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Streaking Nets Set Pistons Up for Knockout

Kidd leads the way with a career playoff-high 34 points, 12 rebounds and six assists as they move one game from a sweep with a 97-85 victory.

May 23, 2003|From Associated Press

EAST RUTHERFORD, N.J. — After two games cooped up in low-scoring drudgery, the New Jersey Nets felt good about running again.

And run they did. Led by Jason Kidd and Kenyon Martin, the Nets turned a 32-4 advantage in fastbreak points into a 97-85 victory over the Detroit Pistons on Thursday to move within one win of a sweep in the Eastern Conference finals.

"We played their game up there. We wanted to play our game at home," said Martin, who scored 19 points. "The games up there were too close, and we wanted to come up here and get a little distance between us and them. We did a great job of that early. We didn't look back from there."

Dominant at both ends, Kidd scored a career playoff-high 34 points, making 11 of 21 shots and 11 of 13 free throws. He also had 12 rebounds, six assists and four steals, and he heard chants of "M-V-P! M-V-P!" as he shot free throws in the fourth quarter.

"It felt good to get out and get some easy baskets," Kidd said. "We got our hands on a lot of balls, and we got a lot of rebounds that led to fastbreaks. Anytime you can do that, the basket gets bigger."

The defending conference champions have won nine straight playoff games and can close out their second straight sweep Saturday night when they host Game 4.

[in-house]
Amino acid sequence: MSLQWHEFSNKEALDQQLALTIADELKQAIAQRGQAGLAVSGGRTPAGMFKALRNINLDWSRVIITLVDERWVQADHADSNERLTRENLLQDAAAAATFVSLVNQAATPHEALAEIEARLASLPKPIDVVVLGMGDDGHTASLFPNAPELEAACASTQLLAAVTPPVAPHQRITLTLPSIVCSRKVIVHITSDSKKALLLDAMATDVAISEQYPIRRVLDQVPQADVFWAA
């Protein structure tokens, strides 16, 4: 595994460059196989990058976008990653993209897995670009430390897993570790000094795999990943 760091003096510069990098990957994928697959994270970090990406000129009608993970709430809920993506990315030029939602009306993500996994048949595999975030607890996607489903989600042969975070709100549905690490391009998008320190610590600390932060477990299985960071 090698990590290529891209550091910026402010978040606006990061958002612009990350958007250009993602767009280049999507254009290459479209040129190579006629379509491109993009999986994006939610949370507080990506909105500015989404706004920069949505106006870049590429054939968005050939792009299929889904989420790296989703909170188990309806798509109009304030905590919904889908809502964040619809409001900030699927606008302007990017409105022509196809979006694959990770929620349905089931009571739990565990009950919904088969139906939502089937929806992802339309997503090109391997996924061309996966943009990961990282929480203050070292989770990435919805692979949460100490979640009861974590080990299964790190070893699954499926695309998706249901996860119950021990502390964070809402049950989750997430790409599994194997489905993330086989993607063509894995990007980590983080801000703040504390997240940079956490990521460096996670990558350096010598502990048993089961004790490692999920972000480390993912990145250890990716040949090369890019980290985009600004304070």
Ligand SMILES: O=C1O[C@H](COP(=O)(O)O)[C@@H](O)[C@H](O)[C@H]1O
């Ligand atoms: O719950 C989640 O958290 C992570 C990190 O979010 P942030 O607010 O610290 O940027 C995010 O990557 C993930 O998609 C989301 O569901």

"It's what we talked about all season long -- getting back to the finals, having a chance to win the championship," Coach Byron Scott said.

Richard Hamilton scored 21 points to lead the Pistons, who now must attempt to become the first team in NBA history to come back from 3-0 down to win a series.

Desperate to find a winning formula, Piston Coach Rick Carlisle benched struggling starters Chauncey Billups and Tayshaun Prince for much of the second half, but there was no solution for 18 turnovers, a 50-39 rebounding deficit and a fast Nets' team that seemed to have its hands everywhere.

"I'm not going to take anything from them," forward Clifford Robinson said. "But we haven't played well, and they have."

Only a few pingpong balls kept the night from being a total loss for the Pistons, who won the No. 2 overall pick in the draft lottery held just before tipoff. The pick comes from a 1997 trade with the Memphis Grizzlies, who would have kept the selection had it been No. 1.

The Pistons took an early 13-6 lead, but then Martin -- along with the Nets' fastbreak -- turned the tide quickly with an 11-2 run to take the lead for good.

Detroit made 14 of 17 free throws in the second period, but Kidd blew past Billups and made a layup over Ben Wallace as the half ended to put the Nets ahead, 57-46.

The third quarter was mostly Kidd, who had two steals, two layups and eight points in the first four minutes. Richard Jefferson's breakaway dunk increased the lead to 17, and the Pistons' sagging body language told the rest of the story.

Detroit didn't get closer than 14 points afterward, until Robinson made an anticlimactic three-pointer in the final two minutes.

"We've put ourselves in a great position," Martin said. "We don't want to prolong this thing. We want to take care of it on Saturday."

The Nets' nine-game playoff winning streak is the fourth-longest all-time single season mark, tying them with the 1996 Chicago Bulls and 1982 Lakers. The record is 12 by the Spurs in 1999.

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